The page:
I was with a couple of mates in London near Shaftsbury avenue today when I saw someone I thought I recognised. She had black hair, a pale face and worldly eyes. In an attempt not to be rude I mumbled “hi,” and she looked through me with a bit of a puzzled expression. At that point I realised I don’t know her personally, I just recognise her from that one episode of this final edition of Celebrity Big Brother that I watched*.
She’d already walked on by this point having identified me as a nutter. In fact I don’t think she even stopped when I greeted her. I wasn’t particularly forthright in doing so as there’d been part of me that was worried I was going to have one of those conversations where both sides are politely trying to suss out how they know each other.
“That’s that woman off Celebrity Big Brother,” I announced to my mates.
Clearly neither of them were viewers either as they had no idea what I was talking about.
“You know, the one who used to run a brothel for famous people,” I pressed.
The penny dropped for one of the chaps stood with me and he shouted after her “Heidi!”. The poor woman, who was on her own, turned round and we all waved. She waved back and carried on her way.
Not knowing how she came over in Celebrity Big Brother it’s hard to imagine what she might be expecting from a little walk round the nation’s capital. I’ll hazard a guess that she was booed by the baying mob on her release, that seems to be the norm these days. It’s one of the reasons I’m so bored by the show. I imagine, given that she’s from America, she’s treating this as a little holiday but I was surprised to see her walking about unaccompanied at 10pm**.
It made me wonder what exactly the term “celebrity” really means. Technically she’s one but when I imagine a celebrity I don’t picture them walking about on their own on a saturday night. I picture them at a party in a VIP room all the time, surrounded by ‘their people’ and being chased by the paparazzi. Perhaps I’m mixing up the term “star” with “celebrity”?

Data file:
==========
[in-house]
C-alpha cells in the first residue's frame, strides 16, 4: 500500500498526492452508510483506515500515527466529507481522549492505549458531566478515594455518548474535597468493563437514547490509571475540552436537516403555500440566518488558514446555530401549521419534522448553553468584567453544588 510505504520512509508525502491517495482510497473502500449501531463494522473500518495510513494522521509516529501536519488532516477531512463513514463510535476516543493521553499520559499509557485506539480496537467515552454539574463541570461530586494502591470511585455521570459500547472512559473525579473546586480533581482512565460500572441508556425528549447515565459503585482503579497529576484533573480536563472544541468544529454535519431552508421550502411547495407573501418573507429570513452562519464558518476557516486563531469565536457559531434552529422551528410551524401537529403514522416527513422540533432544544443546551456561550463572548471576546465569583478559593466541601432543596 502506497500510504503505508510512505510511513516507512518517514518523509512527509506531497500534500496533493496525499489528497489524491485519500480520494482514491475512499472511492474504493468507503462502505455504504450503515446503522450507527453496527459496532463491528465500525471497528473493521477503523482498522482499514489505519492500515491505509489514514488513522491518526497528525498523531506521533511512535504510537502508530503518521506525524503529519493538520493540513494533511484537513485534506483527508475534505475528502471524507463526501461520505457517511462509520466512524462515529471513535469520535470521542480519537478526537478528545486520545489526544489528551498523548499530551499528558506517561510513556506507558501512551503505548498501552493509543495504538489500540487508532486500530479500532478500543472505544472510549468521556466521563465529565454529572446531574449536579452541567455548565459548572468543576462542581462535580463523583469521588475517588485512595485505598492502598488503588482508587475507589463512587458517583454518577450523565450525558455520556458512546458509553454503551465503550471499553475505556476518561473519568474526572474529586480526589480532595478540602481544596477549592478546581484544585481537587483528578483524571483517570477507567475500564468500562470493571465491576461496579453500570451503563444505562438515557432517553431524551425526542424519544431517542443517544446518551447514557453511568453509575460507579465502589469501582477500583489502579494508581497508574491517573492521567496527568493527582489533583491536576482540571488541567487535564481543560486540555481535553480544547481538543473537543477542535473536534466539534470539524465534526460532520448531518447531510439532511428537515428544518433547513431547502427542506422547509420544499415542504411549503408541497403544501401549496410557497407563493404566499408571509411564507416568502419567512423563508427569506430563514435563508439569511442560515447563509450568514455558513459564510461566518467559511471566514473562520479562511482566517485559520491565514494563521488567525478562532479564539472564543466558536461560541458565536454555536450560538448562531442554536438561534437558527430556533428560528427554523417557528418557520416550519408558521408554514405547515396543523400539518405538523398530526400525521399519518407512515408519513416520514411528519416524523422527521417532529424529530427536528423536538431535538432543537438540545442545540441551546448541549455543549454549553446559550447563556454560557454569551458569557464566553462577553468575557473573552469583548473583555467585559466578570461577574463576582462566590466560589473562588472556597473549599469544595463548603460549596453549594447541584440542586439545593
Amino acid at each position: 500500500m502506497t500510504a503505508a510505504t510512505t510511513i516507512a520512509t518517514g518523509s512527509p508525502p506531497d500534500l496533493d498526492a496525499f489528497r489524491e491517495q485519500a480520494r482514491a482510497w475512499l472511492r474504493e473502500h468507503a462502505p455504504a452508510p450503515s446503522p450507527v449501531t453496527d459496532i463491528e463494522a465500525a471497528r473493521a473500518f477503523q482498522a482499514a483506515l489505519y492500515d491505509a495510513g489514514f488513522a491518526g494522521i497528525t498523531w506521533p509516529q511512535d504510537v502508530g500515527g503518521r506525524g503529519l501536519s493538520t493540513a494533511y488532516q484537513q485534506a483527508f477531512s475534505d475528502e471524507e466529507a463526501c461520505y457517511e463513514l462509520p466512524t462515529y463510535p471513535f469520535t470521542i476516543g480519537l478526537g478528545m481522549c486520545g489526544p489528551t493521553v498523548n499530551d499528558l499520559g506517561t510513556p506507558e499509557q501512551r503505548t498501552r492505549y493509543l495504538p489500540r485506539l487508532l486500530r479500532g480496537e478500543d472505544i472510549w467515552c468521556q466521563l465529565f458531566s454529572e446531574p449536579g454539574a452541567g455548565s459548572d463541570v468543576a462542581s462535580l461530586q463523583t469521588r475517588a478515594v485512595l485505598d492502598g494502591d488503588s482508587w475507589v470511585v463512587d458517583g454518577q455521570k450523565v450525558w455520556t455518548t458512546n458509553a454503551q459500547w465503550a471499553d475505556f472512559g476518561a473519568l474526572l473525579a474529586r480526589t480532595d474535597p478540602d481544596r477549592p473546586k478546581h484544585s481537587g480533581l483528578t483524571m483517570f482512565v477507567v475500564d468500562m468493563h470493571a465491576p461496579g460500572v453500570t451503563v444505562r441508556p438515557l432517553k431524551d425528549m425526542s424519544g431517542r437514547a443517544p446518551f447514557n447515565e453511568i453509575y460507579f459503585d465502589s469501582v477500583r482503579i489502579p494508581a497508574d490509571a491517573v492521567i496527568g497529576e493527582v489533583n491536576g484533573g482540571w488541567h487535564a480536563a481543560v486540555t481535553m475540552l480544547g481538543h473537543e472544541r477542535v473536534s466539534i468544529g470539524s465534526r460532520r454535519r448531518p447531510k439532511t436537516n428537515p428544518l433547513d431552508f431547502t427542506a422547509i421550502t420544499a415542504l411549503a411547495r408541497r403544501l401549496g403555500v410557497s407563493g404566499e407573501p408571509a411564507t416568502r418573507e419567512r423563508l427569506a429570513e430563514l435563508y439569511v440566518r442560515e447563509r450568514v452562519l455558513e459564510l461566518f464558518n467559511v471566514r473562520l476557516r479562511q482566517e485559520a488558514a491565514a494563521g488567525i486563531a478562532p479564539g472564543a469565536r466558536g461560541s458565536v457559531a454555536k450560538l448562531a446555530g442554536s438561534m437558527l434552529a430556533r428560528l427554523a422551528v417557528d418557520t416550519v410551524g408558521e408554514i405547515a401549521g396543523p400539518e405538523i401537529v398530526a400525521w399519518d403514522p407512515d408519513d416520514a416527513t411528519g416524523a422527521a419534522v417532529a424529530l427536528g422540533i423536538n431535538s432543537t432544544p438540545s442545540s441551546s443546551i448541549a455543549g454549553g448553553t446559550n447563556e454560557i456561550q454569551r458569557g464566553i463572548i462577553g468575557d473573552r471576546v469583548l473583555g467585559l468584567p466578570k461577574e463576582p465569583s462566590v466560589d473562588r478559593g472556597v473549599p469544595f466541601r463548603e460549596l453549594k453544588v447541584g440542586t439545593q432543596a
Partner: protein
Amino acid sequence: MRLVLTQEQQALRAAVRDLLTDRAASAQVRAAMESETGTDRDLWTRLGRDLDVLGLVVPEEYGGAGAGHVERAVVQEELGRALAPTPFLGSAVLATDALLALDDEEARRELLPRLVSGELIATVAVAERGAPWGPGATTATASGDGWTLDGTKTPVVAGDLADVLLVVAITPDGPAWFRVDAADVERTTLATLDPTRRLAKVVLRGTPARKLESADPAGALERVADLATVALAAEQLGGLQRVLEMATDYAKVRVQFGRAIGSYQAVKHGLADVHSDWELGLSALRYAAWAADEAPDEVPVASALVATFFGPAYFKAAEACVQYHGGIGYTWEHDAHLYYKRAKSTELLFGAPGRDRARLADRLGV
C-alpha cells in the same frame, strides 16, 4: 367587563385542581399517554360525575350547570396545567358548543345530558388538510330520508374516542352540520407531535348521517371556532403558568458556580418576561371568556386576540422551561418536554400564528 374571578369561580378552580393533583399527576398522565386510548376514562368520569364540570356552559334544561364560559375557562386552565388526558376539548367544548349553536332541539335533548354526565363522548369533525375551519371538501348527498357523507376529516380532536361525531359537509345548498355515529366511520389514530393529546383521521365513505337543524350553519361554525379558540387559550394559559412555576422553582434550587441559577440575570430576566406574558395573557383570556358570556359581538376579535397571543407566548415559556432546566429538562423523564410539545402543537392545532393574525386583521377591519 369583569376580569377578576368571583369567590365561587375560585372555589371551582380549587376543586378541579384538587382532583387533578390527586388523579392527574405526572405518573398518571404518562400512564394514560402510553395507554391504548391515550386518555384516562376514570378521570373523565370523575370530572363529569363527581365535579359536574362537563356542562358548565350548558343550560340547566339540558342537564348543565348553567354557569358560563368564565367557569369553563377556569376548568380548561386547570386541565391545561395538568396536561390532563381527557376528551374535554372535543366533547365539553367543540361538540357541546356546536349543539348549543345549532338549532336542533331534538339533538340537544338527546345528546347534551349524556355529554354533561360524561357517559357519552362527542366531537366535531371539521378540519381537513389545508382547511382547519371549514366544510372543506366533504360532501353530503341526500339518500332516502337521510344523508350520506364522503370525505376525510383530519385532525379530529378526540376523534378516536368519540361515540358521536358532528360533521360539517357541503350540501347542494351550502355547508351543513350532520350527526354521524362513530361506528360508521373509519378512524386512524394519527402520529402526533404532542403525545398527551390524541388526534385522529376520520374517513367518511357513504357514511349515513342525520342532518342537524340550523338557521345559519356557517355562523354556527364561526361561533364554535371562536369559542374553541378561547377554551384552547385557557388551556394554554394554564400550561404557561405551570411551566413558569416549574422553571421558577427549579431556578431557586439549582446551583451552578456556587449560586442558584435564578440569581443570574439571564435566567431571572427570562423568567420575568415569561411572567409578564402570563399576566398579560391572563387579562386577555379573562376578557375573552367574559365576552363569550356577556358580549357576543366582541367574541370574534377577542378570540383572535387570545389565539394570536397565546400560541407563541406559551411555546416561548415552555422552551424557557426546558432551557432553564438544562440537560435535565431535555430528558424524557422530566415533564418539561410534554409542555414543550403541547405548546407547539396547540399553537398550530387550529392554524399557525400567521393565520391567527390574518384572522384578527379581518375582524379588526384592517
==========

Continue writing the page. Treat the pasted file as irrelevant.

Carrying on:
Supposedly though we live in a ‘celebrity culture’ where celebrity worship is blighting ‘broken Britain’. If, in my guise as a cultural commentator, I can’t easily define a celebrity where does that leave me? We almost discussed it on the radio show but other news events overtook me and there wasn’t time.
I’ve reached a point in my career where I now know a number of people who have, in one context or another, been described as celebrities. Although this observation seems trite, it’s obvious to me that they are no more or less special than any of the other people I know.
The word only seems to be in such common usage because it decorates a tired title. Come Dancing, Cooking, Singing, Origami, whatever. Add the word celebrity and you can base a magazine article or TV show on it.
I suppose the term means that they are someone whom we, as a society, celebrate. Hence celebrate-ees. What doesn’t quite add up here though is the fact that most of these ‘celebrities’ are not celebrated at all. They’re viciously slagged off and character assassinated on a regular basis. We let them walk alone round London or slag them off for perceived racism and then act surprised when the stress turns to cancer.
It’s not celebrity worship or culture that’s dead, it’s the word itself.
I defy you to define what a celebrity is in the comments section to this entry. Four letter words are not a definition.
*Remember? I vowed not to watch this series and have kept to that promise after this entry here.
**Strangely reminiscent of the time I bumped into Johnny Vegas.